For example, early in the novel, Scout overhears her father, Atticus, discussing the case he is working on with another lawyer. She does not understand what they are saying. Still, her innocent retelling of the conversation provides exposition that is crucial to understanding the plot.
In this way, Harper Lee uses exposition to deliver an engaging and informative story.
Exposition in Romeo and Juliette
The opening scene of Romeo and Juliet is exposition-heavy, introducing us to the Capulets and Montagues, as well as establishing the setting in Verona. We learn that there is a long-standing feud between the two families and that the Prince has decreed that any further fighting will be punishable by death.
As the scene progresses, Romeo mopes around, pining over his unrequited love for Rosaline. His friend Benvolio tries to cheer him up, but Romeo is inconsolable. Suddenly, Tybalt appears, looking for a fight. A scuffle ensues, and Romeo steps in to try and stop it. The Prince arrives on the scene and orders everyone to disperse.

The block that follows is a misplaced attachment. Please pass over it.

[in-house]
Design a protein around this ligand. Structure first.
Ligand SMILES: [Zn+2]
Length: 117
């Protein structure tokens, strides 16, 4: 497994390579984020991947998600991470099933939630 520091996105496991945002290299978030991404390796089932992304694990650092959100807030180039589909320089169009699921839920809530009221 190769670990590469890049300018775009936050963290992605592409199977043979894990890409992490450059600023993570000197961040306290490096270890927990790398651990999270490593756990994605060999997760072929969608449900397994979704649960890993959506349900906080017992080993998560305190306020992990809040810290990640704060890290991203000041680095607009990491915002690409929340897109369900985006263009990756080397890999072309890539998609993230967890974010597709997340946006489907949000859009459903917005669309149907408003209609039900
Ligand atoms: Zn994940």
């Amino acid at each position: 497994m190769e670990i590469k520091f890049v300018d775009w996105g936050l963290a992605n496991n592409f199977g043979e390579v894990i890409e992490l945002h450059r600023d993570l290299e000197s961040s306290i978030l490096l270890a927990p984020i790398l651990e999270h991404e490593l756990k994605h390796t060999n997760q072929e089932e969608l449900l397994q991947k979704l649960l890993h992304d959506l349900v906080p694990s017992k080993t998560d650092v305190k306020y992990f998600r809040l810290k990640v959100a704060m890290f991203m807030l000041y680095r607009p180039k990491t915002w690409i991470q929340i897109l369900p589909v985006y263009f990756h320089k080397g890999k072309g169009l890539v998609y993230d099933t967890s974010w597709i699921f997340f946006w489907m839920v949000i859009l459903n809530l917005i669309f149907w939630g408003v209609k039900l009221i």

Despite the lightheartedness of the opening scenes, exposition is key to understanding the conflict of the story.
Examples of Exposition in movies and film
Exposition in Tangled
Exposition in Encanto
While exposition may not be as flashy as a climax or as exciting as rising action, it is still crucial to most stories. This plot point gives readers the context they need to enjoy the rest of the story. Exposition allows an audience to develop a bond with the characters and understand the stakes of the conflict.
If you’d like to learn how all these different plot segments work together, check out my article on the three-act structure.
Or, check out the workbook I wrote on using the hero’s journey to write your story!
But that’s all I got for you today. As always, keep writing!
Continued reading on exposition:
How to Write Exposition that Hooks Readers – NowNovel.com
Exposition: How to Use it in Stories– The Write Practice